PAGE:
|Title:||Essays on international trade and economic geography|
|Abstract:||This dissertation consists of three chapters in the field of international trade and economic geography. The first chapter introduces endogenous workplace quality choice into an international trade model with a monopsonistically competitive labour market, in which firms compete for potential employees by offering them a combination of monetary and non-monetary benefits. To attract the workers required to produce for the foreign market in addition to the domestic market, exporting firms have to offer more attractive compensation to their employees than comparable non-exporting firms, which is why they are not only paying higher wages but also offering better workplace amenities. The gains from trade, therefore, not only materialise in terms of a higher purchasing power but also in terms of a higher average workplace quality. Welfare metrics, which exclusively focus on real income gains, might underestimate the gains from globalisation. The second chapter, co-authored with Lu Wei, studies to what extent trade liberalization affects regional production fragmentation. regional input-output data from the European Union (EU) to study the effect of trade liberalization on regional production fragmentation in the EU. We calculate the regional value-added to gross exports (RVAX) ratio to measure the intensity of production sharing across the EU NUTS2 regions. We exploit a unique policy variation associated with the 2004 EU enlargement – abolishing the trade-related tariffs between the EU states and ten new countries joining the EU. Using a gravity-style specification, we quantify the impact of regional tariff reduction on the RVAX ratio. Our findings reveal that a one percentage point decrease in tariff rate between EU member states leads to a 3.2% increase in regional production fragmentation as measured by RVAX. Our results could be interpreted as follows: EU regions facing higher tariff cuts after the EU enlargement got more engaged in cross-border production sharing and increased their trade with their bilateral partners through the regional value chains. The third chapter tests the main prediction of Christaller’s (1933) central place property (CPP), which postulates that the smaller cities can always be found between larger cities. By collecting the data on populated volcanic islands, the spatial distribution of economic activity is matched to the key assumption of CCP, which dictates that all economic activity has to take place either on a line or on a circle. The urban areas on each island are identified using the Open Street map’s building data. The findings demonstrate that, on average, 70% of the size distribution of the neighbouring urban areas follows the spatial pattern predicted by CPP. The size distribution of urban areas in the data is then compared to the counterfactual counterpart obtained by randomizing the location of the cities on each island. A simple one tailed statistical test reveals that the observed and counterfactual size distributions of the cities in the data are significantly different.|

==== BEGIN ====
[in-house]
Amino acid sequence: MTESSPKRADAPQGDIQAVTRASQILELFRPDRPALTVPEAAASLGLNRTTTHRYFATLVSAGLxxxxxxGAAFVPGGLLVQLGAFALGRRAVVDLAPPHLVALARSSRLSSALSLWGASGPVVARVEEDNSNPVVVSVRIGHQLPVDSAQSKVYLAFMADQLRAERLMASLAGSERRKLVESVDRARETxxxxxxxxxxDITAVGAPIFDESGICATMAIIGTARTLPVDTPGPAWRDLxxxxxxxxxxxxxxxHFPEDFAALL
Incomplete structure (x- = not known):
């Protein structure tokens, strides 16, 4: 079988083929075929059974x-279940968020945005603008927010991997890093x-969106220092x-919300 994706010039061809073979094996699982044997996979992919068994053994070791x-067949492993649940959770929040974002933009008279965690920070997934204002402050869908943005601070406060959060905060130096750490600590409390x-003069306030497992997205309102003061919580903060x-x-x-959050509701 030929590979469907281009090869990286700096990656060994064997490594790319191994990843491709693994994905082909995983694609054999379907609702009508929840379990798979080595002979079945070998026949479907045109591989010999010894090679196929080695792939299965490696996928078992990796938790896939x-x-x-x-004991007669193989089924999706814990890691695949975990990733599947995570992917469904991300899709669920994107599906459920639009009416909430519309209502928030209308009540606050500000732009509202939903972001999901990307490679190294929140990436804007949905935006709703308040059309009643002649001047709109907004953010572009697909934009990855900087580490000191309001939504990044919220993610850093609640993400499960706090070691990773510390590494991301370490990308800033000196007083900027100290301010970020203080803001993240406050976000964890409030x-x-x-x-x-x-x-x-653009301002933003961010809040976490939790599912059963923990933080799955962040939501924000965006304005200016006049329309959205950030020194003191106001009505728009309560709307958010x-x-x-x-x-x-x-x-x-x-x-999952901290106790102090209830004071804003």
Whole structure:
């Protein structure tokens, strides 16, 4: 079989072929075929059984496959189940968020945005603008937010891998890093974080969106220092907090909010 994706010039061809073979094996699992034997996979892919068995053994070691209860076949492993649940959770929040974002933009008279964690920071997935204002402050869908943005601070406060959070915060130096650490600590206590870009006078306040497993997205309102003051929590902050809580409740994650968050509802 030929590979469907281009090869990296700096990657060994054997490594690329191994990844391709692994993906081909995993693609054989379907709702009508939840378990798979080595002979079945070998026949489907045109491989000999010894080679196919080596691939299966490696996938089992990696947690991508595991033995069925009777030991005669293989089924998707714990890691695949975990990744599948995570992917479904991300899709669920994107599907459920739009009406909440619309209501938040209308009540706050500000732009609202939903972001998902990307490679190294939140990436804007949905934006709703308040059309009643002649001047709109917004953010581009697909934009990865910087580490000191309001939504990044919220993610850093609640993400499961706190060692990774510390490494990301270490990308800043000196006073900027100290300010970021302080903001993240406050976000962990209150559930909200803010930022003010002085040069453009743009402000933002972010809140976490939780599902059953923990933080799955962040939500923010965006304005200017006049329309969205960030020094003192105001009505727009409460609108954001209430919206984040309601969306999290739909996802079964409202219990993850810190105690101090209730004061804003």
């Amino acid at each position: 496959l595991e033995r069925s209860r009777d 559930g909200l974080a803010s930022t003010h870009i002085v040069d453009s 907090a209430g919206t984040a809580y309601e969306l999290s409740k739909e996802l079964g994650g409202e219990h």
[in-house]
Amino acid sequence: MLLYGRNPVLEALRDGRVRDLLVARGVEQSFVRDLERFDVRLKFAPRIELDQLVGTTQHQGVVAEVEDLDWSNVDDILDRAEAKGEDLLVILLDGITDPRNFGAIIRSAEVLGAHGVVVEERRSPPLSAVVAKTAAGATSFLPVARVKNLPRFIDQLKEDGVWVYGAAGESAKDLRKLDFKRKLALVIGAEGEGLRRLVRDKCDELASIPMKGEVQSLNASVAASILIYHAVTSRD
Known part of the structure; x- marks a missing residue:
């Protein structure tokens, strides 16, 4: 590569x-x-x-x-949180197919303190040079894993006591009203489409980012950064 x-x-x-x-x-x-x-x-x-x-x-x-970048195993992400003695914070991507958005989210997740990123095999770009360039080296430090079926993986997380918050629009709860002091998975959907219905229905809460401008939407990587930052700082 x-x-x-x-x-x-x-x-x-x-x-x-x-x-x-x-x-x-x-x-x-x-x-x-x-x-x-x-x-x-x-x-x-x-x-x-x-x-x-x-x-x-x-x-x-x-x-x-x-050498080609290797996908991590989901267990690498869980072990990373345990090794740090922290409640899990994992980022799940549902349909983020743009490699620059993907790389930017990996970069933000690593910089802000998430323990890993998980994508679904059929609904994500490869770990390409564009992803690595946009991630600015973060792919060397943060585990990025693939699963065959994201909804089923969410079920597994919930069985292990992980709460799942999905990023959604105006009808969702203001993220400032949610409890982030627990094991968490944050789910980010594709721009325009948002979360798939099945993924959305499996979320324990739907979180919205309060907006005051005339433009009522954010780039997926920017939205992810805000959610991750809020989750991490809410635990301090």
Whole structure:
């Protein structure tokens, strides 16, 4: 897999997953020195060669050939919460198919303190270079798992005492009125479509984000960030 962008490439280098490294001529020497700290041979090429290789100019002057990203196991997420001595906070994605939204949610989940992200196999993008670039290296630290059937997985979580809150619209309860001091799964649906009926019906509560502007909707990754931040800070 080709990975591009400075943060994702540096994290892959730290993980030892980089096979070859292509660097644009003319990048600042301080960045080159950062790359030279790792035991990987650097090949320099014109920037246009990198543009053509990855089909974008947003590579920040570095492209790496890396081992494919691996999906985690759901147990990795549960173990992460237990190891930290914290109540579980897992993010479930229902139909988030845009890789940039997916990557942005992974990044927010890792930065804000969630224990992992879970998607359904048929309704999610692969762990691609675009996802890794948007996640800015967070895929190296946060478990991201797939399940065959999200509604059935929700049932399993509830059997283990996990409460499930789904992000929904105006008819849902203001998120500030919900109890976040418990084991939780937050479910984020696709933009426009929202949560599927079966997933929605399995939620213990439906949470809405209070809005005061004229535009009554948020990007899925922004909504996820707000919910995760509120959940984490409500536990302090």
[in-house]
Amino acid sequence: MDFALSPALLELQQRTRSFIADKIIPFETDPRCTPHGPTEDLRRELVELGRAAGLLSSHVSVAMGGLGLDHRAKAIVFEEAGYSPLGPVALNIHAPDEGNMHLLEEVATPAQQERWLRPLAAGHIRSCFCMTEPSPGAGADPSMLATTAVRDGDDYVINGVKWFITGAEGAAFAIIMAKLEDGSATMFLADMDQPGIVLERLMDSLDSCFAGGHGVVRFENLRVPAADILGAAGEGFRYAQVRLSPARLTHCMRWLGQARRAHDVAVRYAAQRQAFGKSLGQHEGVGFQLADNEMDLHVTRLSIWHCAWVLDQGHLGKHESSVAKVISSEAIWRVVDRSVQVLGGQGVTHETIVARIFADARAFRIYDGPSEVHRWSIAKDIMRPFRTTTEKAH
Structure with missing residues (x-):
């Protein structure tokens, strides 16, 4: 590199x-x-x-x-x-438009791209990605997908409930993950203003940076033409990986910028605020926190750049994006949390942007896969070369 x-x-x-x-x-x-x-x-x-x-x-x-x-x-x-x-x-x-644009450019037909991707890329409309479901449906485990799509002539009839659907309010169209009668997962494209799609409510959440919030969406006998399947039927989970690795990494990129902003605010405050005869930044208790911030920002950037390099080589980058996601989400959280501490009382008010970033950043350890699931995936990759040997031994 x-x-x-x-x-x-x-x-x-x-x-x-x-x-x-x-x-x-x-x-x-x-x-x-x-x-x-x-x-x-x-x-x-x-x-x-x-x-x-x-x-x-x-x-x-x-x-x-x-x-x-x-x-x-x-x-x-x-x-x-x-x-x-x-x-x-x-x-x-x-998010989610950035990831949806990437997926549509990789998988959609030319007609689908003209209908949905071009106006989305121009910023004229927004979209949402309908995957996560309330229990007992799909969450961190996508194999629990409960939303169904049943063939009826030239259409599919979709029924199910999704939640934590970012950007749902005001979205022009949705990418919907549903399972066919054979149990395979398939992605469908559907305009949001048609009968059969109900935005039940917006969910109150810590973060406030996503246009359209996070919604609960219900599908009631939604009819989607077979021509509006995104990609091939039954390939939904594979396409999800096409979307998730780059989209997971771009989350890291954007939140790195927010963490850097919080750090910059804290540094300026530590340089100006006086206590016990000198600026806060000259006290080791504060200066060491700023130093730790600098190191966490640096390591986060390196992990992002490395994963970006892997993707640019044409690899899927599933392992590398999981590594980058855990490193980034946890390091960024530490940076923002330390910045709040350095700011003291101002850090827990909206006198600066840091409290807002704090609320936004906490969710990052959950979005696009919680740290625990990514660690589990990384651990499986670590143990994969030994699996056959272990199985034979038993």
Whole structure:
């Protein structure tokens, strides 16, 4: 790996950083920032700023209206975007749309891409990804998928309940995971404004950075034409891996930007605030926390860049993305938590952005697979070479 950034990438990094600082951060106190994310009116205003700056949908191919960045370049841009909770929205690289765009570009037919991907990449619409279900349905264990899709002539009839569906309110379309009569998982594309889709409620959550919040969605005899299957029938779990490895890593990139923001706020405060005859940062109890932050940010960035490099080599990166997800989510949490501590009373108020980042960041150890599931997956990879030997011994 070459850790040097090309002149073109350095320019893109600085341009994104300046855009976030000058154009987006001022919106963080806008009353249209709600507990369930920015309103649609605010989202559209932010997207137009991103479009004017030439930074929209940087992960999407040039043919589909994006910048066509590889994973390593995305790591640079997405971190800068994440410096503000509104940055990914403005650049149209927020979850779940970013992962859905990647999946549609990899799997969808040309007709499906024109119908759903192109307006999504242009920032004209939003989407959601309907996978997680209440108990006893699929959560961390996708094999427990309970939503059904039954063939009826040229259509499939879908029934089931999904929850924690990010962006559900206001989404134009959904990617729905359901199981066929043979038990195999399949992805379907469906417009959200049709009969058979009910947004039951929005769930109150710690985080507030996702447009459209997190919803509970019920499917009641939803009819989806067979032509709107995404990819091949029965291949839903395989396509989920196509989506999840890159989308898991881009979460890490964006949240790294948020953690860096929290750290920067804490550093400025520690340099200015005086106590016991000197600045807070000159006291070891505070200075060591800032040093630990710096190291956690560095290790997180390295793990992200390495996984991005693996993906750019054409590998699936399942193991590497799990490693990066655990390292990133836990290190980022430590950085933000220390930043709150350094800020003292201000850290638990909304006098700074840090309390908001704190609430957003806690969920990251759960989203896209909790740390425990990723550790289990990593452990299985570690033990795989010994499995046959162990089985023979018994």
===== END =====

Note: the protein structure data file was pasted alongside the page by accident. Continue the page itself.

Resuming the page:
|Subject Headings:||Trade labor market interactions|
|Appears in Collections:||Lehrstuhl Volkswirtschaftslehre (Makroökonomie)|
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